IDF to lift military curfew for pilgrims

Thousands to make pilgrimage to site on Jordan River where Jesus is believed to have been baptized.

baptism jordan river 224 (photo credit: AP)
baptism jordan river 224
(photo credit: AP)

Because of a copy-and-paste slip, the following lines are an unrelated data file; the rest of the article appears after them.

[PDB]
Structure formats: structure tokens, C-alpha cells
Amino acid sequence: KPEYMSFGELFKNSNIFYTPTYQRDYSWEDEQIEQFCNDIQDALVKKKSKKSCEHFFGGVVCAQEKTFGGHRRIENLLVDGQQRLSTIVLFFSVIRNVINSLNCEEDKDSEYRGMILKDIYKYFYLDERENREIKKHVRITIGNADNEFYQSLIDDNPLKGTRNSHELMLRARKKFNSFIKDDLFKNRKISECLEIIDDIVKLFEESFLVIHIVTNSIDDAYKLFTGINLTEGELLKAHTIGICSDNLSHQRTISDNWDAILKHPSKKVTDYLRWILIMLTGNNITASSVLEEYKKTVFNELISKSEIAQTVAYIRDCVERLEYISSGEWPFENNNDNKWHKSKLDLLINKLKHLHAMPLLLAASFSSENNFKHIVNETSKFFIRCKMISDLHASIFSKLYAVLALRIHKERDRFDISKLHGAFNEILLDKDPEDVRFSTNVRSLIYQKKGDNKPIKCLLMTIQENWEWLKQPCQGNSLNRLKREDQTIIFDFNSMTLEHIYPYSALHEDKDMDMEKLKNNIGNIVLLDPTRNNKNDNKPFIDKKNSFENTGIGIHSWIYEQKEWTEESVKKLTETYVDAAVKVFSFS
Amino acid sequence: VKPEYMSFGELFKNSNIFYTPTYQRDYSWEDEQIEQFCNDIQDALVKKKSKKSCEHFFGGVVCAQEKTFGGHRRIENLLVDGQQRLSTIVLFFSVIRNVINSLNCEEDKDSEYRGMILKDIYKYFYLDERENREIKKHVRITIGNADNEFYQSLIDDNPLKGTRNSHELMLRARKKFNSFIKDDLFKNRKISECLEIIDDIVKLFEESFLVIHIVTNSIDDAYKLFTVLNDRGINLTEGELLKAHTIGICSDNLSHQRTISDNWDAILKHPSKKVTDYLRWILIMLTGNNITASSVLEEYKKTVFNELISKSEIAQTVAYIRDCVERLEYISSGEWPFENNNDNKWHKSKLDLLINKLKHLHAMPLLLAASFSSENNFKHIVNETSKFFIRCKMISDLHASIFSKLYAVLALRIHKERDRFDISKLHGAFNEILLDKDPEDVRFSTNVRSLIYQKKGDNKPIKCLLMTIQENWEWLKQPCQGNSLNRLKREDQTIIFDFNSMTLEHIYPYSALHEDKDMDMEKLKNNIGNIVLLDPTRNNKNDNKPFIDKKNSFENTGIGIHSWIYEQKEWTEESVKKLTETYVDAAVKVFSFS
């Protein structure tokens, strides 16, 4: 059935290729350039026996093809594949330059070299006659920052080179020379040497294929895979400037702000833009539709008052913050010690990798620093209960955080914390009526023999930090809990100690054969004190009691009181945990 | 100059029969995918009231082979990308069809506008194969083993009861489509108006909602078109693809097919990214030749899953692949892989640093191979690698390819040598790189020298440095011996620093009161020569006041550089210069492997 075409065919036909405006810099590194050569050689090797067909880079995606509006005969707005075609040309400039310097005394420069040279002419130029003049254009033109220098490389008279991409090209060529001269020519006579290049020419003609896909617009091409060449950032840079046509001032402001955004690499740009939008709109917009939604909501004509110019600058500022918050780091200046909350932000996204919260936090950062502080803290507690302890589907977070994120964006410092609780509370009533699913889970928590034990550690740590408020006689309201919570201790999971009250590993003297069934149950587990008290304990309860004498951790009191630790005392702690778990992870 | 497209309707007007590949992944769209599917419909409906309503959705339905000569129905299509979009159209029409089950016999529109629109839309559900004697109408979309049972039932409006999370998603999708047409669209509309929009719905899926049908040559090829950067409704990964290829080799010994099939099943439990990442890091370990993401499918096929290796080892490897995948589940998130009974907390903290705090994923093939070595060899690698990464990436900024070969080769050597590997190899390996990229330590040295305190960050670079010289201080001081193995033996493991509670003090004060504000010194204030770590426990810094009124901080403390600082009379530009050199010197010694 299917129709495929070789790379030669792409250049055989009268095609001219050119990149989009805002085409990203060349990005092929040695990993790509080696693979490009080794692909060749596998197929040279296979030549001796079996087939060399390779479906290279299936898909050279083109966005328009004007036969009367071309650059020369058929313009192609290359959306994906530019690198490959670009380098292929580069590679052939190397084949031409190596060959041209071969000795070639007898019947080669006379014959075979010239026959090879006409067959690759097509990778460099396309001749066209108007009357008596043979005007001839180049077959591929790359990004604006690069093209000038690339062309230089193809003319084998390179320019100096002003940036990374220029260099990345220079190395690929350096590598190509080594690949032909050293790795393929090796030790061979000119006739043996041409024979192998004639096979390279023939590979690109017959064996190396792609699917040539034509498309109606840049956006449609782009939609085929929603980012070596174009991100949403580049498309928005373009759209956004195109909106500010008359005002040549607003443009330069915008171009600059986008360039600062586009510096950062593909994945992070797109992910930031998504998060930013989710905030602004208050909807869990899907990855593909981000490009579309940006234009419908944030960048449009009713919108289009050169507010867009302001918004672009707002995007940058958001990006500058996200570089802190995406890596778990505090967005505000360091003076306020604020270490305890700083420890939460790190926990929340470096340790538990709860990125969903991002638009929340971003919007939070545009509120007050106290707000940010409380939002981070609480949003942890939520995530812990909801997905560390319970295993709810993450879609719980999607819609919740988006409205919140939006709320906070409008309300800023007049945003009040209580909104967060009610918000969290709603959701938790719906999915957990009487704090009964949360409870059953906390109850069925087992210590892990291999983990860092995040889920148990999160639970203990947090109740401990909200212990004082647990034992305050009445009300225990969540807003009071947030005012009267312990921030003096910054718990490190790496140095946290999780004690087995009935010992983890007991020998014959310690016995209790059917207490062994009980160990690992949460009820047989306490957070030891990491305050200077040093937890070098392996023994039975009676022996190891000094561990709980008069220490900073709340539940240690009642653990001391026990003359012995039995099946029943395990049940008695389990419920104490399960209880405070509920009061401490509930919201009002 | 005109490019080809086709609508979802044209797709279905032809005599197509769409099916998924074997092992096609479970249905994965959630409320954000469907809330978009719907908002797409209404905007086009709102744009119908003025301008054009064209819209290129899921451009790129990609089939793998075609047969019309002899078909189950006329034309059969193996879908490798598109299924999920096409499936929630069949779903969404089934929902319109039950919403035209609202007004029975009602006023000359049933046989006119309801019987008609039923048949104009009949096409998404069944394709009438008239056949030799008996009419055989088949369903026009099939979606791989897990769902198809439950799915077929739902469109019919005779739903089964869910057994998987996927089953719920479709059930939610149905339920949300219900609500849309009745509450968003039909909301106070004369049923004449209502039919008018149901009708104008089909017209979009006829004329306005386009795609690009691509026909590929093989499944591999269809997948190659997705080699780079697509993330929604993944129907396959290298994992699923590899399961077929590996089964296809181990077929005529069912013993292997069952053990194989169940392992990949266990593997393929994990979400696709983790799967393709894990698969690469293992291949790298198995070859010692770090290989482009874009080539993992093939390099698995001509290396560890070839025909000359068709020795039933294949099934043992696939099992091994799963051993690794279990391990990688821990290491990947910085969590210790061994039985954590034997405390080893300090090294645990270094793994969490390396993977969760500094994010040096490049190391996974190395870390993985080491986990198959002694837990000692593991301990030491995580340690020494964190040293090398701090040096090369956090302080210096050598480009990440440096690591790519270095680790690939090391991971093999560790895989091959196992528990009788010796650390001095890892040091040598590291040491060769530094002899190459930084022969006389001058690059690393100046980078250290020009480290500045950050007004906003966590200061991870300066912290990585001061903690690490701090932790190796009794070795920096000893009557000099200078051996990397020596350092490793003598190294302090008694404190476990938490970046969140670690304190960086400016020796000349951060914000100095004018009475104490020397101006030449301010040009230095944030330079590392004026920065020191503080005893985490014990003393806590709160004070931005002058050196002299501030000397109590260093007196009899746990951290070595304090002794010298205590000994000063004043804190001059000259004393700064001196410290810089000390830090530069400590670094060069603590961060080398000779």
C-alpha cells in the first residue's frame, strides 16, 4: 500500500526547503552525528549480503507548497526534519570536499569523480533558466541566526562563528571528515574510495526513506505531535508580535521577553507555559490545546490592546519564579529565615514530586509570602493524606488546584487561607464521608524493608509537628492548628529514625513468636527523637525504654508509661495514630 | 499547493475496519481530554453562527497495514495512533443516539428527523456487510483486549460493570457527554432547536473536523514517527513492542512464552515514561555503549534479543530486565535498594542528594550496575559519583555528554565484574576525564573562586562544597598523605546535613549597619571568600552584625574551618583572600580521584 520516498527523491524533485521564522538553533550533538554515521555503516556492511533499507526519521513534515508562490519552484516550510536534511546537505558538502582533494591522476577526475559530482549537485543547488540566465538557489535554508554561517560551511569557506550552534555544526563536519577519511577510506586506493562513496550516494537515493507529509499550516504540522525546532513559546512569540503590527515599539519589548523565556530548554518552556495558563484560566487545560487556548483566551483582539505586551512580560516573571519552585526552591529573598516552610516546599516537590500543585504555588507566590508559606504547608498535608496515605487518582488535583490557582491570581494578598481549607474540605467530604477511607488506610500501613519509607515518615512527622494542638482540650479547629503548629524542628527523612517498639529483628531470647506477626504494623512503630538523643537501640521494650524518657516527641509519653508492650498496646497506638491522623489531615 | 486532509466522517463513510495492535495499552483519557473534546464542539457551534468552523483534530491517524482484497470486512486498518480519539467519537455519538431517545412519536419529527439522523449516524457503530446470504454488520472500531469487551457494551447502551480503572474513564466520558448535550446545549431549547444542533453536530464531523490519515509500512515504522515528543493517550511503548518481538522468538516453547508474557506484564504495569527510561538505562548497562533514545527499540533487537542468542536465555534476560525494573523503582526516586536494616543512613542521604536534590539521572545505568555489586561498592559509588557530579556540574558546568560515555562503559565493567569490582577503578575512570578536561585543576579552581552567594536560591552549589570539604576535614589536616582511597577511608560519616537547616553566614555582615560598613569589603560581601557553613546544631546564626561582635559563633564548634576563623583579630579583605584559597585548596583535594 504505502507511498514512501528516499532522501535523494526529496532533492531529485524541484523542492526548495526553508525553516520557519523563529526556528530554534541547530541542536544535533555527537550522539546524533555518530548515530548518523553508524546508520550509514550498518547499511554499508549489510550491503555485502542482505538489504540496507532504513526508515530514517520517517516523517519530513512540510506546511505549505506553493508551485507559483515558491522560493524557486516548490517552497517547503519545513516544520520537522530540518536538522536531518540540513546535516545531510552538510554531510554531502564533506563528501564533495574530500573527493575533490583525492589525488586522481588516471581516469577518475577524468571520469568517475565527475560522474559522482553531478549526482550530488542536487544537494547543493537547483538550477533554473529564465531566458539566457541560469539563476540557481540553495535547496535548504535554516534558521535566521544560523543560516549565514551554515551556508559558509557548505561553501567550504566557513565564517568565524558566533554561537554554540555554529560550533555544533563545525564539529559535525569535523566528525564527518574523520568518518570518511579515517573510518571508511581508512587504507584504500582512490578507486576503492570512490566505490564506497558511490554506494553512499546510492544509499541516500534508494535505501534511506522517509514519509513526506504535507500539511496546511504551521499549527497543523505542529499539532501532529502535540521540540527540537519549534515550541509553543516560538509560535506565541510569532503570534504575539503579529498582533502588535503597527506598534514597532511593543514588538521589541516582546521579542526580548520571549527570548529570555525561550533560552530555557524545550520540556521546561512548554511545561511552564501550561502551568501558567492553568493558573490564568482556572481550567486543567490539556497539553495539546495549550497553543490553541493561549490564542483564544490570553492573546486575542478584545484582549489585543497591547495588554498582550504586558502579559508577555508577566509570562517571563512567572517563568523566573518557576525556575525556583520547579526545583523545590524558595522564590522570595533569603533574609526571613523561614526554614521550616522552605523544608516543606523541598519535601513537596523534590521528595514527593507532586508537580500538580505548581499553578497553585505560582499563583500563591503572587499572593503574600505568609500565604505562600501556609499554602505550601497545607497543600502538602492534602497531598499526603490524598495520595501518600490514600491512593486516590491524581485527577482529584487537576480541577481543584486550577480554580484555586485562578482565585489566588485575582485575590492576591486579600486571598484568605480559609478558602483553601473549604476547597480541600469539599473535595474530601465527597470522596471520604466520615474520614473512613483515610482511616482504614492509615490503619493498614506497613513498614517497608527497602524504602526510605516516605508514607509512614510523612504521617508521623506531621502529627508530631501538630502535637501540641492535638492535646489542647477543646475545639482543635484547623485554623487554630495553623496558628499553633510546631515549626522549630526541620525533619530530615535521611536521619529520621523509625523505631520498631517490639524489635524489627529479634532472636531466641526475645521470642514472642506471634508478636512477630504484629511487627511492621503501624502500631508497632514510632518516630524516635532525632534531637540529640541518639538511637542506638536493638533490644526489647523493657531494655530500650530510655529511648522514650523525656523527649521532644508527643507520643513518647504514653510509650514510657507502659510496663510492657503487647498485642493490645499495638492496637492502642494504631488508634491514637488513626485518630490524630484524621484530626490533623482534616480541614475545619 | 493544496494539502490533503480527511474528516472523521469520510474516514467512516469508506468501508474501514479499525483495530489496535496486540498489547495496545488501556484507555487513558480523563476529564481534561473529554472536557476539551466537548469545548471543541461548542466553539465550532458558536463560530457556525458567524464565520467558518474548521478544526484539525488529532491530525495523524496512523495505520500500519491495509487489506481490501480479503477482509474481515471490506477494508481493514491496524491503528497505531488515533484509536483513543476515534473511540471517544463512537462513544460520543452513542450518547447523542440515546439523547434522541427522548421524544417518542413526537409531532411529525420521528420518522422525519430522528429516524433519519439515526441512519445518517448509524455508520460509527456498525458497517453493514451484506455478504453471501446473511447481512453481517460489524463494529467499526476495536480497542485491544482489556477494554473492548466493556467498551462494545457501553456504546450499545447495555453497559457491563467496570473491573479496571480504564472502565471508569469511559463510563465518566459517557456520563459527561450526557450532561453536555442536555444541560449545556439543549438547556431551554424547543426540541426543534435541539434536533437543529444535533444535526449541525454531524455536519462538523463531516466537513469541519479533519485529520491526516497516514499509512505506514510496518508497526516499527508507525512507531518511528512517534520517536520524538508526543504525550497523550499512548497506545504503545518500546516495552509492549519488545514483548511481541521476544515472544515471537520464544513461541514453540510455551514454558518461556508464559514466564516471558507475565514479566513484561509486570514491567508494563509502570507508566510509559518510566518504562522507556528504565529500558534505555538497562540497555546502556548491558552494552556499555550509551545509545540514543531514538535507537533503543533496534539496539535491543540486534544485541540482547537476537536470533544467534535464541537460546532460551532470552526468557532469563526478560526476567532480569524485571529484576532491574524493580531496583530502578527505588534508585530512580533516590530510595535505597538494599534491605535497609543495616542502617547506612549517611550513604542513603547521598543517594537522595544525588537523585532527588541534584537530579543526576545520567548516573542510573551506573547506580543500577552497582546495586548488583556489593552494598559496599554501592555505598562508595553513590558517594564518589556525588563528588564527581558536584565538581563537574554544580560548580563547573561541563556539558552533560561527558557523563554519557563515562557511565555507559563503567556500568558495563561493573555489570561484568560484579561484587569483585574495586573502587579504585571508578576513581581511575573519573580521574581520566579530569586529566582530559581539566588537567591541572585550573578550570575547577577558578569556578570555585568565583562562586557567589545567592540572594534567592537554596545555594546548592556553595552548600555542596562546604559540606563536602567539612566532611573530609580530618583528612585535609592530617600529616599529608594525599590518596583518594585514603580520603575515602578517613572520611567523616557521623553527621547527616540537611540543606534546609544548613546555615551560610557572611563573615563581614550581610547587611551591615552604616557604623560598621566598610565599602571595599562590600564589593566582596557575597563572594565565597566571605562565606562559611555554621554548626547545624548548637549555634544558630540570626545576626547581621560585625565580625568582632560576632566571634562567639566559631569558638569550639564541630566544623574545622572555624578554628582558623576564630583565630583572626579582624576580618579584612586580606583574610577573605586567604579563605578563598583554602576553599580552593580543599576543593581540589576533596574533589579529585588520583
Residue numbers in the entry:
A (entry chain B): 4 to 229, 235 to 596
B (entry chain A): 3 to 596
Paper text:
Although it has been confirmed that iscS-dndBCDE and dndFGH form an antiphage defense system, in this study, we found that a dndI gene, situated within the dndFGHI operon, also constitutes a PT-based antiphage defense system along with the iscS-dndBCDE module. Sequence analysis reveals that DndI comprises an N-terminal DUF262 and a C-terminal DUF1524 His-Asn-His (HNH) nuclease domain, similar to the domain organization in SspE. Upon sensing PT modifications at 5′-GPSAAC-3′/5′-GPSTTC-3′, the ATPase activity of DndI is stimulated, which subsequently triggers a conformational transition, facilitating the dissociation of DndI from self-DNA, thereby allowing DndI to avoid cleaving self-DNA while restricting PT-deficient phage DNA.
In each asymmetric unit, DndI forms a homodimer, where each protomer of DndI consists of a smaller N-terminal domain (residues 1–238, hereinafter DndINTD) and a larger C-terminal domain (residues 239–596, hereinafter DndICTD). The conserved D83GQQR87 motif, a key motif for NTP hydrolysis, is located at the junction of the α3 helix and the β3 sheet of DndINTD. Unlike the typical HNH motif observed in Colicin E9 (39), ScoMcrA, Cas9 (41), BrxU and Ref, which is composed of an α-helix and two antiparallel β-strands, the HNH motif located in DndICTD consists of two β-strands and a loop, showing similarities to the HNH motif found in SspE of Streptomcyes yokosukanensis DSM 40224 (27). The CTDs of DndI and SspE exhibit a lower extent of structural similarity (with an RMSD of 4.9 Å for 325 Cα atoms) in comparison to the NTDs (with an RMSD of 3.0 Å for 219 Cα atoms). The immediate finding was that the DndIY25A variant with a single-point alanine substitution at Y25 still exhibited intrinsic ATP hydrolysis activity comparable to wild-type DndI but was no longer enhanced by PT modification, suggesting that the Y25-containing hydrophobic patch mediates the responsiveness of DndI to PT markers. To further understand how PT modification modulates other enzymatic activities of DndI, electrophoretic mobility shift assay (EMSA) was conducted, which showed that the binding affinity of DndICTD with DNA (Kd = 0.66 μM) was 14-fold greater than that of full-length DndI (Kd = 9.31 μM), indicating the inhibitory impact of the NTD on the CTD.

The IDF will temporarily lift a military curfew on Tuesday and Wednesday to allow thousands of Eastern Christians to make a pilgrimage to the site on the Jordan River, near Jericho, where Jesus is believed to have been baptized by John the Baptist. The IDF has closed the site since the outbreak of the Second Intifada in 2000. Twice a year, however, the IDF, the Civil Administration and Office for Liaison and Coordination in Jericho facilitate the visit by pilgrims at the location, called Qasr el-Yahud in Arabic. Participants from all over the world are expected to attend. The largest contingency will be from the Greek Orthodox Church, which has a significant indigenous congregation made up of Israeli Arabs, Palestinians and immigrants from the former Soviet Union who came to Israel under the Law of Return. Ethiopian, Coptic and Syrian Orthodox congregations will also take part. A procession will set out from the St. John Monastery to the baptism site. Aristorchus, a senior Greek Orthodox clergyman, said that the site of Jesus' Baptism is a major attraction. "Believers come to the Holy Land for a 'pilgrim's baptism,'" said Aristorchus. "It is not a baptism that is part of a conversion. Rather people are drawn to the Jordan River because it has holy attributes as mentioned in both the Old and New Testaments." Aristorchus cited the story in Kings II about the prophet Elisha, who cured Na'aman, leader of the army of Aram, of leprosy, as well as the New Testament stories of John the Baptist. "People want to be close to this holiness." According to Chrysostum, a Greek Orthodox priest based in Jerusalem, a central part of the ceremony will be the blessing of the water of the Jordan River by senior clergy. "The blessed water is believed to provide both spiritual and physical healing," said Chrysostum. Jericho Coordination and Liaison Office Director Yitzhak Deri said the State of Israel had an interest in making the site accessible to Christians. "We want to provide freedom of religious expression at a place considered to be the third-most important holy site for Christians," he said. Deri said that Eastern Christians are provided access to the site at Christmas and at Easter. Last January, some 25,000 visited the site. He added that, for security reasons, pilgrims would not be allowed to immerse themselves in the Jordan River. But large tanks filled with water from the river would be filled and made available to those who wish to be baptized or immerse themselves. The pilgrims would also be allowed to fill bottles of Jordan River water as a memento. Eastern Christian sects are currently celebrating Easter, Christianity's most important holiday, which commemorates the resurrection of Jesus. This year Eastern Christians are celebrating Easter more than a month after their western brethren due to discrepancies in the Gregorian and Julian calendars. Eastern Christians always celebrate their Easter after Pessah. In an attempt to encourage Christian tourism, the Tourism Ministry has invested NIS 2 million in developing and preparing the site of Jesus's baptism for visitors. A Civil Administration press release noted that "a mass baptism will be held by the Greek Orthodox Patriarch of Jerusalem, Theophilus III." The Civil Administration's reference to Theophilus III as the patriarch of Jerusalem marks a change in policy dating back to the beginning of the year. Until then, Israel had refused to recognize Theophilus III. Theophilos III replaced Irineos I, who was ousted in May 2005 over claims by the Palestinian and Jordanian Greek Orthodox communities in the Holy Land that Irineos I had illegally sold church property to Jewish investors.